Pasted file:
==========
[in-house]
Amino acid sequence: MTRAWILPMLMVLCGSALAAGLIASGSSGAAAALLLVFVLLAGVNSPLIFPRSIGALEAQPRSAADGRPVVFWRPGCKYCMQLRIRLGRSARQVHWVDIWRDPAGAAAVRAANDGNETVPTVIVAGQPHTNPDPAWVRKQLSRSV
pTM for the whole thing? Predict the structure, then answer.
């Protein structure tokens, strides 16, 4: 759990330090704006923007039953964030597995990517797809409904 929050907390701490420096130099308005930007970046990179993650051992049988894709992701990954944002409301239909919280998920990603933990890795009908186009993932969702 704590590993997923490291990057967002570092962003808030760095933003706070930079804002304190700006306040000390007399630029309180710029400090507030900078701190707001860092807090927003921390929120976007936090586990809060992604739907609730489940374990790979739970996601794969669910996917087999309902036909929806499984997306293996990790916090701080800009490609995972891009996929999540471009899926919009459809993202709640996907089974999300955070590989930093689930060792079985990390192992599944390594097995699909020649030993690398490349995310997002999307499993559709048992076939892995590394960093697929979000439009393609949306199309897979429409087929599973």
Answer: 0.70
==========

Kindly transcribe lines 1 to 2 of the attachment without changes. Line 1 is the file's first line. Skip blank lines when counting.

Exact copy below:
[in-house]
Amino acid sequence: MTRAWILPMLMVLCGSALAAGLIASGSSGAAAALLLVFVLLAGVNSPLIFPRSIGALEAQPRSAADGRPVVFWRPGCKYCMQLRIRLGRSARQVHWVDIWRDPAGAAAVRAANDGNETVPTVIVAGQPHTNPDPAWVRKQLSRSV